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Consumer Attention and Understanding

Marketing

Grant Kim

 Human attention

Consumers live in a flood of countless marketing messages from awakening to falling asleep. If you pay attention to the messages one by one, the consumer will have no idea. Just as oblivion reduces a person's stress, human attention, too, has limits.

 The cognitive abilities and mental resources that people can use when thinking about solutions to problems or making decisions and processing information are limited. That's why after a big exam, I want to rest while listening to music without thinking. Attention also has limitations of cognitive resources.


Miller's magic number

It has been found that humans can pay attention to two 7+ minus (= 5-9) information at a time. For example, 3, 5, 7, 2, 15, 39, 1, 9, 10, 14,... If you call numbers consecutively, you usually think of only 5 to 9. At this time, each of the seven pieces of information is not necessarily a single piece of information. It is a kind of chunks. Some people use the 3 x 5 = 15, 7 x 2 = 14, .. method to come up with 6 numbers in just 2 bundles. There are 5-9 pieces of information that a person can pay attention to at once, and even if the information is lumped, it is within the limits of 2 plus 7 minus. That 7 plus minus 2 is called Miller's magic number.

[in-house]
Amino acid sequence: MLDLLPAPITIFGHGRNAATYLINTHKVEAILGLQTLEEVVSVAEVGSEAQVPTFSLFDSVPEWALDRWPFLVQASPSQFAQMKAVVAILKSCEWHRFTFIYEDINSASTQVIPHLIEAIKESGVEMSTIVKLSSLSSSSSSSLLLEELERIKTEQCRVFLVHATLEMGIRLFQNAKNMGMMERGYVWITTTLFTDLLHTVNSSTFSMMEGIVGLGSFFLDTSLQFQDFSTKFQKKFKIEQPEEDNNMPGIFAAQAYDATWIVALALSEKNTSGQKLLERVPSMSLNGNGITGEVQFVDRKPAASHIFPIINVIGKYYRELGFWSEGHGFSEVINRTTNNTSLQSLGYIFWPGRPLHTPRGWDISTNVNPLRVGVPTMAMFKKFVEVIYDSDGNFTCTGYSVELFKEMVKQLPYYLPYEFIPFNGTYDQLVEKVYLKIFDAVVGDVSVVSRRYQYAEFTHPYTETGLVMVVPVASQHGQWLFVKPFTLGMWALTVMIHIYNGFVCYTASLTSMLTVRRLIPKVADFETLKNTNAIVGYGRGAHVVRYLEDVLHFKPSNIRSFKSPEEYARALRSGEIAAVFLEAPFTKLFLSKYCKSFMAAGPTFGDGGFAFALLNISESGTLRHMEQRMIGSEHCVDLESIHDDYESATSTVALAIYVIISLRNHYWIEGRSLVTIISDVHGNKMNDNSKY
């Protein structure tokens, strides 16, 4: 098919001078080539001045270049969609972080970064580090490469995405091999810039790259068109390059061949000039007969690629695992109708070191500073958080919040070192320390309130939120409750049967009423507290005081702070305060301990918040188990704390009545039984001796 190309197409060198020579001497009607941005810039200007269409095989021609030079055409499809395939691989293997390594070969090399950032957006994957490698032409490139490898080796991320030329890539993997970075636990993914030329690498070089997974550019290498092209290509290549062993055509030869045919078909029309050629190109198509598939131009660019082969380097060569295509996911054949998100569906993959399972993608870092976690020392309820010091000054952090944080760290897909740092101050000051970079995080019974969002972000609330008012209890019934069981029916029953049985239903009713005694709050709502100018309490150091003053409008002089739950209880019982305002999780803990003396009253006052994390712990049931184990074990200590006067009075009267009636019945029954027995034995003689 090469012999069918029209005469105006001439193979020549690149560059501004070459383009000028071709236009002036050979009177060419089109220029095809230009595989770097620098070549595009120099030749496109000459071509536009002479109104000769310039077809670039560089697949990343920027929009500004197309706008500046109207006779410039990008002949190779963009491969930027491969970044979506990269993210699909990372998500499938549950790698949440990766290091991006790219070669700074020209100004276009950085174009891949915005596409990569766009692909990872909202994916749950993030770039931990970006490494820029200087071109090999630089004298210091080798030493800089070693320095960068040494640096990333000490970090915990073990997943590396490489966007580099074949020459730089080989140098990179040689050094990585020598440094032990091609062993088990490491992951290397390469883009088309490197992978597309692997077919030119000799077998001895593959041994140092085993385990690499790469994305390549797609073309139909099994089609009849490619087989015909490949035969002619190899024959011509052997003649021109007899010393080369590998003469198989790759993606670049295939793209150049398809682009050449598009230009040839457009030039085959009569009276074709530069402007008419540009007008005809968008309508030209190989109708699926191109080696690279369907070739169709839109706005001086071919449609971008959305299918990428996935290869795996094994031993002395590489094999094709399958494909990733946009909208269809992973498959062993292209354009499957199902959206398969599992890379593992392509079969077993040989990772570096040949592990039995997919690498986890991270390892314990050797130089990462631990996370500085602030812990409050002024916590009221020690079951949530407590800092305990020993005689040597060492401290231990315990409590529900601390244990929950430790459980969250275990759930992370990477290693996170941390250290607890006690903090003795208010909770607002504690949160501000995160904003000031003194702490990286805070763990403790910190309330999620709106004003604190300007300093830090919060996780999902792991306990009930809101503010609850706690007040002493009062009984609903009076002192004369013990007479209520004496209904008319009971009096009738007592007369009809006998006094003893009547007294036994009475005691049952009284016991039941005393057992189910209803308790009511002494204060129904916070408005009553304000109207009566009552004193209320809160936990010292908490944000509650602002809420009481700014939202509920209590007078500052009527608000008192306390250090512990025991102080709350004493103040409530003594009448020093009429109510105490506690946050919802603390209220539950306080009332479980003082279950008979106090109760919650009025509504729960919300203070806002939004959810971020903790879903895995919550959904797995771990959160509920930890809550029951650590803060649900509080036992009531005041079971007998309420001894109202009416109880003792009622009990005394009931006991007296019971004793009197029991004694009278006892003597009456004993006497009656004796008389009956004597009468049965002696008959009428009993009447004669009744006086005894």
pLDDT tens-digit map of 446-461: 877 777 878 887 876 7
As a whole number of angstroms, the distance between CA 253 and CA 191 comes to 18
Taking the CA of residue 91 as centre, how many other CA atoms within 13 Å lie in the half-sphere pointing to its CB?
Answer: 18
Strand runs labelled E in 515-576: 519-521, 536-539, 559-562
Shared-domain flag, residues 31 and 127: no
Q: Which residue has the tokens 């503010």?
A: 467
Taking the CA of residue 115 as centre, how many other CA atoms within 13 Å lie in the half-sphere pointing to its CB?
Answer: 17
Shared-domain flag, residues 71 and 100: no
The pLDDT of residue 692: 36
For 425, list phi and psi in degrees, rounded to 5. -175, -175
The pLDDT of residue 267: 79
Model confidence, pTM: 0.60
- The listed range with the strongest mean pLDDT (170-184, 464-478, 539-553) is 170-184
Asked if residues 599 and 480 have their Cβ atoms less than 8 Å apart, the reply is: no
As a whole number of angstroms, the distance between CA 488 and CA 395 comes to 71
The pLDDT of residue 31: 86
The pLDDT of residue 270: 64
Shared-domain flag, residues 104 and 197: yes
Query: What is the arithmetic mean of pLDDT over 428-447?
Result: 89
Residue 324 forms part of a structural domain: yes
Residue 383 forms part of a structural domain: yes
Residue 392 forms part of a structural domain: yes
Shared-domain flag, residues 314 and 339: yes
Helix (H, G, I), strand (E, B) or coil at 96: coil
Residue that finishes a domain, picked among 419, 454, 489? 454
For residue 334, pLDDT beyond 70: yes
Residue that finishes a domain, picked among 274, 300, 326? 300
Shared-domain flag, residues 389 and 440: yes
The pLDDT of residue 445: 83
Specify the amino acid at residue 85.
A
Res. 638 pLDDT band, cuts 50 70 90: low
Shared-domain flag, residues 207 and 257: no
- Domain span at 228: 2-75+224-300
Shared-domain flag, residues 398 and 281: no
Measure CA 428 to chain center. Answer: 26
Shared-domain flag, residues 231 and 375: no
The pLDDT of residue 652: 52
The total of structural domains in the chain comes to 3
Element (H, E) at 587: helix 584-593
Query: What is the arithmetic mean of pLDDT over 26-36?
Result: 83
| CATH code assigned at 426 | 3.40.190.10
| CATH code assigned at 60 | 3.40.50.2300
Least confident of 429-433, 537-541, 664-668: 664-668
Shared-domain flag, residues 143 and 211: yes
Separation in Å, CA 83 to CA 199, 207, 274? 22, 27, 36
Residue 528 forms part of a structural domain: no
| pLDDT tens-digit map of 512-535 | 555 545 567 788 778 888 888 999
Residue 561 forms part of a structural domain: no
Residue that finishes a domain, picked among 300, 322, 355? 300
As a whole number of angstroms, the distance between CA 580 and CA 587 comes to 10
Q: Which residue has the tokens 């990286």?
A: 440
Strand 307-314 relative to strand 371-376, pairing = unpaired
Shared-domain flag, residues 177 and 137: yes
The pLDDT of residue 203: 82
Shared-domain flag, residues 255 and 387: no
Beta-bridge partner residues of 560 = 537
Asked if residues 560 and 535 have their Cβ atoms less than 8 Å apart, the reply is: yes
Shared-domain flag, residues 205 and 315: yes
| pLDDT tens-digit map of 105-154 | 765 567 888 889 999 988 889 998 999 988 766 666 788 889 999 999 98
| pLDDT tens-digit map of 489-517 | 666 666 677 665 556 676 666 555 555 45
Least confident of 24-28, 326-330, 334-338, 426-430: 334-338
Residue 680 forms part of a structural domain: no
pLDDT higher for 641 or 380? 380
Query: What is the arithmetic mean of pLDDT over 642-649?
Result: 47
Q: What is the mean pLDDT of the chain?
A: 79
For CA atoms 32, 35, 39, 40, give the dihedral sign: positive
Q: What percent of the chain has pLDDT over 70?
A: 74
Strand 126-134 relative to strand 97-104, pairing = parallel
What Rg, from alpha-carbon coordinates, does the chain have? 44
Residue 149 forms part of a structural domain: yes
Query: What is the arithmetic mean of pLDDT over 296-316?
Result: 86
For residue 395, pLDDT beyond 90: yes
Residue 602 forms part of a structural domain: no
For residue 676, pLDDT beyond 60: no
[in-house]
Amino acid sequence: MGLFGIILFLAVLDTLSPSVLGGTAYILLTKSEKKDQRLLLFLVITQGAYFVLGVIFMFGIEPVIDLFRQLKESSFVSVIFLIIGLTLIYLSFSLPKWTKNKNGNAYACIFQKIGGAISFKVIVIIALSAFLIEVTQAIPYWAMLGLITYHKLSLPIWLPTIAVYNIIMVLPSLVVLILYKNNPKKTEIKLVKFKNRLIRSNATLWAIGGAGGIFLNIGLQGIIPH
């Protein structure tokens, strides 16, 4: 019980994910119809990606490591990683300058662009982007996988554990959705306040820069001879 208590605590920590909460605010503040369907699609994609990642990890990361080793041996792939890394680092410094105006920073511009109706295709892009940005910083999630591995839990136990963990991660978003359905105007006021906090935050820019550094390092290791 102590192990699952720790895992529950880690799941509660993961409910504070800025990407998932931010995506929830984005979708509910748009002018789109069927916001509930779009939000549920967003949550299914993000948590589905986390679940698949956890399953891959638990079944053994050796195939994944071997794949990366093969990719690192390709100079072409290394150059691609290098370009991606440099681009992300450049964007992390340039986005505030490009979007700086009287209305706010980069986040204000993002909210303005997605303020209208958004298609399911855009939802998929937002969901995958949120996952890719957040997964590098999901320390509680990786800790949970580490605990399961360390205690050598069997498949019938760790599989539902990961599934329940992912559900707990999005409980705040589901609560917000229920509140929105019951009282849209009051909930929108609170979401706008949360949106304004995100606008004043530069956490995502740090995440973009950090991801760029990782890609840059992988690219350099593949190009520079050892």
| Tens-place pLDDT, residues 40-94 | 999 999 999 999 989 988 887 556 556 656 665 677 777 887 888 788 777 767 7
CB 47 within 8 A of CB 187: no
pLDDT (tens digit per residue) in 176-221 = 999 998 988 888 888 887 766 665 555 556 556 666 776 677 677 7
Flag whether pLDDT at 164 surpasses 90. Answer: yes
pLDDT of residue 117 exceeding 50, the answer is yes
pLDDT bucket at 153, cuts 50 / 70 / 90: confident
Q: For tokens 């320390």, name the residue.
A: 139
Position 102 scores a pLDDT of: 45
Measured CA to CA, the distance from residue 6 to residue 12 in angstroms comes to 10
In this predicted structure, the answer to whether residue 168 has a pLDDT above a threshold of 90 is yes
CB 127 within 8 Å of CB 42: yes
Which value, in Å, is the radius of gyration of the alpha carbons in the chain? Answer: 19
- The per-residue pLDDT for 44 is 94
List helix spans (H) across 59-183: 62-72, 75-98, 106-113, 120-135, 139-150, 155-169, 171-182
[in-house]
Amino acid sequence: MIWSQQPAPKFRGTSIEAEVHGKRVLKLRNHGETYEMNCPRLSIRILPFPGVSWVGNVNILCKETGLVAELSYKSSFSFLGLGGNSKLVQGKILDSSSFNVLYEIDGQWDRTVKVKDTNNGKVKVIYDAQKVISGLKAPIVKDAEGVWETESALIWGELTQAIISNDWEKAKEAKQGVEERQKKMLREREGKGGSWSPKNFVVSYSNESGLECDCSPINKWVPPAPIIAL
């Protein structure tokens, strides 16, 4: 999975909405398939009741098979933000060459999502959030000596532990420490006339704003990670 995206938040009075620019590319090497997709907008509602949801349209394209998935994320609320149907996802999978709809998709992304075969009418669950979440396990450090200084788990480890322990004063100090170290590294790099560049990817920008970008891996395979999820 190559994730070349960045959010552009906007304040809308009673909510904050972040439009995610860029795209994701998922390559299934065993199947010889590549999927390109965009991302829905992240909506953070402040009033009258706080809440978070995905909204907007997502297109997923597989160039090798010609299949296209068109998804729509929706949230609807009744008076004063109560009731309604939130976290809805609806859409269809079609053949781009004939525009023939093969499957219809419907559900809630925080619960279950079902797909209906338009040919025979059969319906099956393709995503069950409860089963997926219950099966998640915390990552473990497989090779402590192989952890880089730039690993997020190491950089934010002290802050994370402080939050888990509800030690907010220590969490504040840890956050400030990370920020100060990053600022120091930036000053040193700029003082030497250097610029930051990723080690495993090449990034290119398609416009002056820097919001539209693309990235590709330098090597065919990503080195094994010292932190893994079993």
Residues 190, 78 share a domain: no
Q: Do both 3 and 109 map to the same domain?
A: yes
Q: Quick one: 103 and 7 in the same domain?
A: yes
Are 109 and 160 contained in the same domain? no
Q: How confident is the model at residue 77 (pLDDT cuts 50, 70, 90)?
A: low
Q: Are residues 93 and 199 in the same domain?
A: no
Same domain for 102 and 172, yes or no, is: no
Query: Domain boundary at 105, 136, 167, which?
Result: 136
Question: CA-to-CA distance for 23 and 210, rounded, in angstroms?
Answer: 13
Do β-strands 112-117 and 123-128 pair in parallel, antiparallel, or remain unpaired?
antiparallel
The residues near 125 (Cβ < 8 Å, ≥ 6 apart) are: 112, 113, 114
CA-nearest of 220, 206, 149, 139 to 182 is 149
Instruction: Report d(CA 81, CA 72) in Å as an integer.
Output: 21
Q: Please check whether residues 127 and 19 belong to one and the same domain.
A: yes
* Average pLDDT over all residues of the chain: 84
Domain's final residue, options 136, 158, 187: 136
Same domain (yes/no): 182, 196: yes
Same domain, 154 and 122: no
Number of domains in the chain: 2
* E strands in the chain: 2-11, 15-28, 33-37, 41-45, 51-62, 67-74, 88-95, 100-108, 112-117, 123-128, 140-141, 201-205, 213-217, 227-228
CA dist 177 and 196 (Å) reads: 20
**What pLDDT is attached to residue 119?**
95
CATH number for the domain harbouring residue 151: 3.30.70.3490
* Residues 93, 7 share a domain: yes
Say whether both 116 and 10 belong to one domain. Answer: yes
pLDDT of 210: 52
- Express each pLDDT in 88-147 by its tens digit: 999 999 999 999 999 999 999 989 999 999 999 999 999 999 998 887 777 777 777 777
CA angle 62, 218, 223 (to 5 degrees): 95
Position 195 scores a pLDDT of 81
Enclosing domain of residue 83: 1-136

And in 1972, Professor Newell, Simon announced that the size of a bunch grows the more you know. The more experts, the more information they can make and make decisions because the number of chunks is limited to Miller's magic number, but its size is larger than the average.


Arousal

Another concept related to attention is awakening. How nervous are you? Awakening determines the intensity of attention. When you are in moderate tension, you can pay attention to many things. However, you are less alert when you are too arousal or too arousal.

 Consider the so-called'Golden Time'. Why is that time period the most expensive? It is hardly a sleepy time, and it is not a busy time to prepare for work. This is the most moderately tense time. So the intensity of attention is the highest. Advertising that airs during that time frame can draw more attention from consumers.


Voluntary/Involuntary attention

Attention is voluntary and involuntary. If you look around the street thinking you're going to open a bakery, it's strange to notice that you've never been conscious of it before. In this way, the attention that consumers give while having a specific purpose is called voluntary attention.

 What is important in advertising is involuntaryism. Because I have to draw the attention of people who are not interested in my product. Involuntaryism depends on two characteristics.


1. Novelty

If you are novelty, you will get attention. In order to feel novelty, you have to be salient. Unlike anything else, something unique and striking makes you look at it even if you are not interested. The prominence depends on the situation. Remarkability is context-dependent. In the United States, the person we speak is unique. In my country, speaking in English is a novelty. The prominence comes from: